Consultants in Logistics

Moving from Multi-channel to Omni-channel Retailing

Moving from Multi-channel to Omni-channel Retailing

What is the difference between MULTI-CHANNEL TO OMNI-CHANNEL RETAILING?

Multichannel retailing is the use of a variety of channels in a customer’s shopping experience including research.  Channels include retail stores, websites, mobile apps, telephone sales, mail order and any other method of transacting.

As technologies develop, forms of customer interaction keep increasing.  Fulfilment options have also increased, beyond either buying in store or home delivery, to include click & collect and the use of manned or unmanned third-party collection points.

Omni-channel retailing strives for a seamless customer experience regardless of order channel and fulfilment option.


Historically, retail distribution networks have been designed around store replenishment, with the purpose of picking relatively large orders to supply a limited number of stores.

Fulfilment of e-commerce orders alongside store operations creates the following challenges for warehouse operations:

  • The need to accommodate multiple order profiles
  • Increased complexity from managing multiple channels simultaneously
  • Progressive service level expectations
  • The growth of international orders
  • Returns

Multiple Order Profiles:

Order data samples show that e-commerce orders typically tend to be for 1.6 to 2.1 items per order, are shipped to 1,000s of locations.  In the example of one retailer, while e-commerce orders represent just 2% of unit volume these account for 89% of pick tickets generated.

As well as a less efficient pick profile, e-commerce orders require additional packaging and labelling.  The effort per unit despatched increases and with it the cost per unit - often a key warehouse measure.

Picking and moving small product quantities around a large distribution centre can be inefficient which encourages the use of bulk order picking, the use of dedicated internet pick areas, or more mechanisation.

Increased Complexity:

Combining multiple fulfilment processes adds specific complexity to warehouse operations.  For example, sharing stock and other resources between channels requires allocation rules.

Customers generally expect their orders to arrive as a single delivery, for convenience and cost.  In a large warehouse, combining multiple pick items into a single consignment requires co-ordination in pick timing and physical product flows.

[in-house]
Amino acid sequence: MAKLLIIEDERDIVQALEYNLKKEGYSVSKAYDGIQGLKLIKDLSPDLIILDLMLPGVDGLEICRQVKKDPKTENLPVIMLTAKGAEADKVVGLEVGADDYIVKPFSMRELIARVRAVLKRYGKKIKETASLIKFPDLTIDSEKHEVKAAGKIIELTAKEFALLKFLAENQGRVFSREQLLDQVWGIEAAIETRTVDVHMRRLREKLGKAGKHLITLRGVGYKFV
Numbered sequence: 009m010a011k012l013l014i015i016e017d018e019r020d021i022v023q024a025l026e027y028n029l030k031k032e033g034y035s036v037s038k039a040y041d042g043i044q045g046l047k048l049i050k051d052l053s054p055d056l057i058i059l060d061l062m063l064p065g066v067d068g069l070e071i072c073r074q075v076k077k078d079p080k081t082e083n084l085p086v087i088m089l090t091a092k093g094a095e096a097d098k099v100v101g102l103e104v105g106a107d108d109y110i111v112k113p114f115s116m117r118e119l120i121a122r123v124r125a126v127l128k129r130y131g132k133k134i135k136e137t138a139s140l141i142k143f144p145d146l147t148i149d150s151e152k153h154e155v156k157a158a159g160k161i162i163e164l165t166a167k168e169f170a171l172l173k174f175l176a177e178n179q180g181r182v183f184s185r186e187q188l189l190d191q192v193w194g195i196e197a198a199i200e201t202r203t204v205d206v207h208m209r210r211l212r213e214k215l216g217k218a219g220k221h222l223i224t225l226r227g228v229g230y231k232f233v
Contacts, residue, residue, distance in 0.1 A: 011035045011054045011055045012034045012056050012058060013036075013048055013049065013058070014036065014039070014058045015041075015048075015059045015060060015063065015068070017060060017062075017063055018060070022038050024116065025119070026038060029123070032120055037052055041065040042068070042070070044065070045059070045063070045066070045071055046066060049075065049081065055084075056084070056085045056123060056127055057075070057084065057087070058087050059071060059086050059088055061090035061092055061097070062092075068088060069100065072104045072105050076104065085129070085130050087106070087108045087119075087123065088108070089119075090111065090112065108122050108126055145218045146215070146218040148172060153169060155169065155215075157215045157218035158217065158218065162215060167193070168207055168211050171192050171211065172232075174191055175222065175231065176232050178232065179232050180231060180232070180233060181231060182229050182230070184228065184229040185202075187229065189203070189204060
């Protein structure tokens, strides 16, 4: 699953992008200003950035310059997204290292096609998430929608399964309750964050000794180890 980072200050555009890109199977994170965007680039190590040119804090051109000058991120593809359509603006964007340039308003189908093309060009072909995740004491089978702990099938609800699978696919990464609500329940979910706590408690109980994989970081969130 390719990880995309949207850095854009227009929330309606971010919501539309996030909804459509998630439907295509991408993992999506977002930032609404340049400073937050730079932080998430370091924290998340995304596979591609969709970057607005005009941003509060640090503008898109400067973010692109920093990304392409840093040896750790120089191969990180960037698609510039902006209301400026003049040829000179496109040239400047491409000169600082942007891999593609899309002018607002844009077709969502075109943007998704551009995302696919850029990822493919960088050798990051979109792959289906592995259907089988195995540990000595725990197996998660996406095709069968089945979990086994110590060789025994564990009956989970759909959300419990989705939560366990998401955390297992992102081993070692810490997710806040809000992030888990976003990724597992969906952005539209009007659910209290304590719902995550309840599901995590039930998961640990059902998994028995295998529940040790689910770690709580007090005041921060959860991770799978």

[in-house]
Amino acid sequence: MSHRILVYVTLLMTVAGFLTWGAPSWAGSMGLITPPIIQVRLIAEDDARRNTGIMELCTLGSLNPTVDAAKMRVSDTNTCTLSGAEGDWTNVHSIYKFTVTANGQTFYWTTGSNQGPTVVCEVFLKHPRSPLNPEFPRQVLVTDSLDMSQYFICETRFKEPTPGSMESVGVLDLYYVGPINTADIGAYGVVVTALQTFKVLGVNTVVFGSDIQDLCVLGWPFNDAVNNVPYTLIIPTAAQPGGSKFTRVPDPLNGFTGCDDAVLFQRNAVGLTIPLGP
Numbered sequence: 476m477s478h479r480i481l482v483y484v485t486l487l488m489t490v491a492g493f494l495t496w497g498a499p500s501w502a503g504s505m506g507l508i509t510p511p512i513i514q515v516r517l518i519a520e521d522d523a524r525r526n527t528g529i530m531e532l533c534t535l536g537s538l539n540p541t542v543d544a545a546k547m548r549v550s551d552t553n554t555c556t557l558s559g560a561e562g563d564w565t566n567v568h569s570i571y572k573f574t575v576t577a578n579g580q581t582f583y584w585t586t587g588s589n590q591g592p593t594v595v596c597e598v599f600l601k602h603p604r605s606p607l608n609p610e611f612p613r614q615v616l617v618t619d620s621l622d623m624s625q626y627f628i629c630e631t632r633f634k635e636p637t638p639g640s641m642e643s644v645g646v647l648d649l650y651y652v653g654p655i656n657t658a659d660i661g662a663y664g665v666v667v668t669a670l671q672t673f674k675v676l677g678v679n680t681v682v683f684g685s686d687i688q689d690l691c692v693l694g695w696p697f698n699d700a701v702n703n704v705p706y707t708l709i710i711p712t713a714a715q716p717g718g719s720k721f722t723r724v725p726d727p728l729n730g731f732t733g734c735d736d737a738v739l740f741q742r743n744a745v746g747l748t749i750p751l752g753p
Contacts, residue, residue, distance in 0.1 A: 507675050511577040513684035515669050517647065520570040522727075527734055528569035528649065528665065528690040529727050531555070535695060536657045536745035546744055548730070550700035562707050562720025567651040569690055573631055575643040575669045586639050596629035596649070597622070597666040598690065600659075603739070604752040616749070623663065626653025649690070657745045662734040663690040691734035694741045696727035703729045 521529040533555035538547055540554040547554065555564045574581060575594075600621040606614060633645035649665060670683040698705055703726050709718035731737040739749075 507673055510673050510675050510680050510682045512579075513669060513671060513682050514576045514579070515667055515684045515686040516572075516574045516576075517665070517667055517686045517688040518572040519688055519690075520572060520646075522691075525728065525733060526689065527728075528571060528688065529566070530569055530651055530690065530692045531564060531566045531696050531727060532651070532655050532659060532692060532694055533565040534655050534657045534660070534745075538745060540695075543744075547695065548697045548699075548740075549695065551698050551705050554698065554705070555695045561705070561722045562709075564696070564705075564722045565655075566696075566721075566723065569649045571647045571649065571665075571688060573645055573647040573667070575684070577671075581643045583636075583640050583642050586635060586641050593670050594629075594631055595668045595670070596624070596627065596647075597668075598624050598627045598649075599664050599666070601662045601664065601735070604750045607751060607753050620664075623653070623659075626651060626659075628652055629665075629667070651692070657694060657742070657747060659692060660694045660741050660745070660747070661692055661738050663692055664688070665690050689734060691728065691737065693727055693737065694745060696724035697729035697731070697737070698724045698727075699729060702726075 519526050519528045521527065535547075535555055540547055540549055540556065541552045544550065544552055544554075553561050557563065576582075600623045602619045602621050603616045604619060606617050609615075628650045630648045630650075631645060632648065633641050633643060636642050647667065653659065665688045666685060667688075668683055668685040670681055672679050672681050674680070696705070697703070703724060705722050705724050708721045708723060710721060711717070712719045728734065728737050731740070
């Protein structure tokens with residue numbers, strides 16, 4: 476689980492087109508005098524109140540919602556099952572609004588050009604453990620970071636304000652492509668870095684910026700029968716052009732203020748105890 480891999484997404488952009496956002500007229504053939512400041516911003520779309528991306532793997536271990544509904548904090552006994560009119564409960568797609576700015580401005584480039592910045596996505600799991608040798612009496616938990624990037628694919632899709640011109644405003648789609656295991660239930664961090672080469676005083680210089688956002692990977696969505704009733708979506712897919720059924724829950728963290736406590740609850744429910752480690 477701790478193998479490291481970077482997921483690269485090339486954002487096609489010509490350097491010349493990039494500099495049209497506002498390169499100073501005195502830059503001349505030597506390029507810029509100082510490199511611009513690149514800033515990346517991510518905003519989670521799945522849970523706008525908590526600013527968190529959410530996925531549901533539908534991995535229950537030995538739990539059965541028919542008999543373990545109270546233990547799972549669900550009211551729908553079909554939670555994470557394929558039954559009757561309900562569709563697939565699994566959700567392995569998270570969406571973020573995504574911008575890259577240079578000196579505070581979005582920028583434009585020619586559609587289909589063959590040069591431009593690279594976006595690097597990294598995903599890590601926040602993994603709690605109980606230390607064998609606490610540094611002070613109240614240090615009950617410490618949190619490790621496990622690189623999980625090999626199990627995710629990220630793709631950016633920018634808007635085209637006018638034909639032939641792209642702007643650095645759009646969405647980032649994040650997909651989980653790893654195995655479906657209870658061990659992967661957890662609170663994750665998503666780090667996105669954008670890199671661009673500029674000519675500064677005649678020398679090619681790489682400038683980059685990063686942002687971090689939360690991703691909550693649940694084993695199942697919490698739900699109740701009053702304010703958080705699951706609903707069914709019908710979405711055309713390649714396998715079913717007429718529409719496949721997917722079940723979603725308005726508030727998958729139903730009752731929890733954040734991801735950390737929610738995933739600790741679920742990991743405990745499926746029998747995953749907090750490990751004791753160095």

Progressive Service Levels:

Customer order lead times are becoming shorter.  For example, Next offer next day home delivery for orders place up to 22:00, or midnight for store collections.  The later cut-off times reduce the pick window which results in a spike in the warehouse workload.  To balance resources with demand and to maximise capacity, warehouse operators smooth the workload over one or multiple shifts by working ahead of the cut-off times.  This now becomes increasingly difficult.

The shorter lead times also remove buffers in the supply chain to cope with operational issues such as system down time, traffic delays, etc.

International Orders:

Internet and mobile ordering increases a customer’s accessibility across borders.  While this increases the potential market for the retailer, it also extends the fulfilment geography, adding complexity around delivery, currency, Customs clearance, packaging and returns.


While there has been talk of the threat posed by e-tailers to bricks & mortar retailers, the move to omni-channel retailing has given the latter opportunities to use their store network as part of the fulfilment solution through: 

  • Fulfilling click & collect orders centrally and distributing them using store delivery vehicles
  • Fulfilling click & collect orders from store stock
  • Offering local fulfilment and delivery from store stock
  • Processing returns via stores

As fulfilment channels become more integrated, the impact on the overall network of initiatives in each channel needs to be considered.  For example, the benefit of picking e-commerce orders from a store DC is likely to impact the store-pick productivity.  Similarly, the vehicle fill may be affected by adding smaller consignments to the loads.


E-commerce retail fulfilment operations typically follow a maturation process, characterised by physical operations and their support systems, as follows: 

  1. Fulfil orders from a physical store – no systems
  2. Operate online as ‘store’ in warehouse – adapted systems
  3. Dedicated e-commerce operations – specific systems
  4. Integrated operations: mixed fulfilment routes – integrated systems
  5. Physical or systems integration between supplier and retailer

Progressing through these stages allows a retailer to balance trade-offs between capital outlay, capacity required, efficiency, and maturity of the service offering.  As fulfilment operations mature, their capacity increases, and unit costs reduce. Greater levels of automation and investment are often associated with more mature fulfilment solutions.


E-commerce is, and is likely to remain, a growing part of any business.  As the business develops, so should the supporting infrastructure.  Davies & Robson can help analysing the current and anticipated business profile, develop a future proof fulfilment solution, compare  the new solution against the current infrastructure and develop a migration path.

If you would like to discuss your options and how we can improve the performance of your fulfilment operations please call us on 01327 349090 or contact us.

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